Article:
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Seaman


A person employed on board a vessel whose labor contributes to the main objective of the vessel; a sailor or mariner, commonly excluding the officers of a ship.

One of the central questions in any maritime injury case is whether the injured party is a seaman, since only a seaman can recover under the Jones Act. A seaman is a member of the crew of a vessel or someone who assigned to a vessel or a fleet of vessels. For example, those who work on tankers, freighters, jack-up rigs, semi-submersibles, towboats / tugs, supply boats, crew boats, barges, lay barges, and fishing vessels are members of the crew are considered seamen. Those who are crewmembers on movable or jack-up drilling rigs are seamen. Officers and crew are all considered seamen. Longshoremen, pilots, and those who work on fixed platforms are not seamen, but have other maritime remedies available for injuries. Often there is a dispute as to seamen status and whether the seaman was working on a vessel when he was injured. It is very important to allow the maritime attorney to study the facts surrounding the accident and the "vessel" to help make the determination of seaman status.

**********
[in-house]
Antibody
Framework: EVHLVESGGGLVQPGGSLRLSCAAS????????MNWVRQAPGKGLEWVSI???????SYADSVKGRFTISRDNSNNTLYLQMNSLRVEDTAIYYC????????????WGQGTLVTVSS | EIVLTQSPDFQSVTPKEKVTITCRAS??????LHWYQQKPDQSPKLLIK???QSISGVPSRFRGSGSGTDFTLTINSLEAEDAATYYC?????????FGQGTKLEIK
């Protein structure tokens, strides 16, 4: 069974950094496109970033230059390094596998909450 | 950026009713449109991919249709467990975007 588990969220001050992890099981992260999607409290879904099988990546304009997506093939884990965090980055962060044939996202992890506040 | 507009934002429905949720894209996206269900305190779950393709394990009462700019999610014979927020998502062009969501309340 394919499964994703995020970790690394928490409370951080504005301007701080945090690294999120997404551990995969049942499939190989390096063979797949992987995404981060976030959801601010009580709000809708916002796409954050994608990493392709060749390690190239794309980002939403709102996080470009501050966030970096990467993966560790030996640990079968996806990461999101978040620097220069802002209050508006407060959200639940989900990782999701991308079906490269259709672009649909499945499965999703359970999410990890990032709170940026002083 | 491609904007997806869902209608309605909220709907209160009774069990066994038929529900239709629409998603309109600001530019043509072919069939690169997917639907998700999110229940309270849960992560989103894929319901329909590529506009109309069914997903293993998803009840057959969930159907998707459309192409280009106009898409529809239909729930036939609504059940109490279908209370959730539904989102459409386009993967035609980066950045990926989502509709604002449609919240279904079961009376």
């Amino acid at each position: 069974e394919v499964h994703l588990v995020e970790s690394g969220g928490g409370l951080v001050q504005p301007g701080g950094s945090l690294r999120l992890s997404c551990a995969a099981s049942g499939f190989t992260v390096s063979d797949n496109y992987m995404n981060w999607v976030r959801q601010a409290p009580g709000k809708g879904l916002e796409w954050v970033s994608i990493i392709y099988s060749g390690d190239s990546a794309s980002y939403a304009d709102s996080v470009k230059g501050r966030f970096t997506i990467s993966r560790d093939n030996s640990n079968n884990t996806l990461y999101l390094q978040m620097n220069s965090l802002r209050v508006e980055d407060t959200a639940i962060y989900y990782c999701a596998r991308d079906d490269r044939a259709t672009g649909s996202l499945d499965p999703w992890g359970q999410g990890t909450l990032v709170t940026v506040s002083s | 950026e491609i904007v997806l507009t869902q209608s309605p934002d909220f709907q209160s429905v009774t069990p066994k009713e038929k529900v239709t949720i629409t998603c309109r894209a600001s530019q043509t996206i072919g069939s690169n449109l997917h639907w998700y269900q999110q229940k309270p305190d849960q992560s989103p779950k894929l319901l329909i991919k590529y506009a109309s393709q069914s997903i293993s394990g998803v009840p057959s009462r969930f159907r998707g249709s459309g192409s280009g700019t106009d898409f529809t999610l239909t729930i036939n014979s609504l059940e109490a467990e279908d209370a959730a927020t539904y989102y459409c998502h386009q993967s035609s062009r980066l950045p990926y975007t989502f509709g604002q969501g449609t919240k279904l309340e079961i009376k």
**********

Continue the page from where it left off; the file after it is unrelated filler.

The essential requirements for seaman status are:

(a) An employee's duties must contribute to the function of the vessel or to the accomplishment of its mission;

(b) A seaman must have a connection with a vessel in navigation (or to an identifiable group of such vessels), that is substantial in terms of both its duration and its nature;

(c) The duration of a worker's connection to a vessel and the nature of the worker's activities, taken together, determine whether a maritime worker is a seaman because the ultimate inquiry is whether the worker in question is a member of the vessel's crew or simply a land-based employee who happens to be working on a vessel at a given time.

(d) A distinction must be made between sea-based workers and land-based workers who have only a transitory or sporadic connection to a vessel in navigation.Land-based maritime workers do not become seamen because they happen to be working aboard a vessel when they are injured, and seamen do not lose Jones Act protection where the course of their service to a vessel takes them ashore. In evaluating the employment-related connection of a maritime worker to a vessel in navigation, courts should not employ a "snapshot" test for seamen status, inspecting only the situation as it exists at the instant of injury; but rather, the total circumstances of an individual's employment must be weighed to determine whether he has a sufficient relation to the vessel.

(e) Jones Act coverage( seaman status ) depends not on the place where the injury is inflicted, but on the nature of the seaman's service, his status as a member of the vessel, and his relationship as such to the vessel and its operation in navigable waters.

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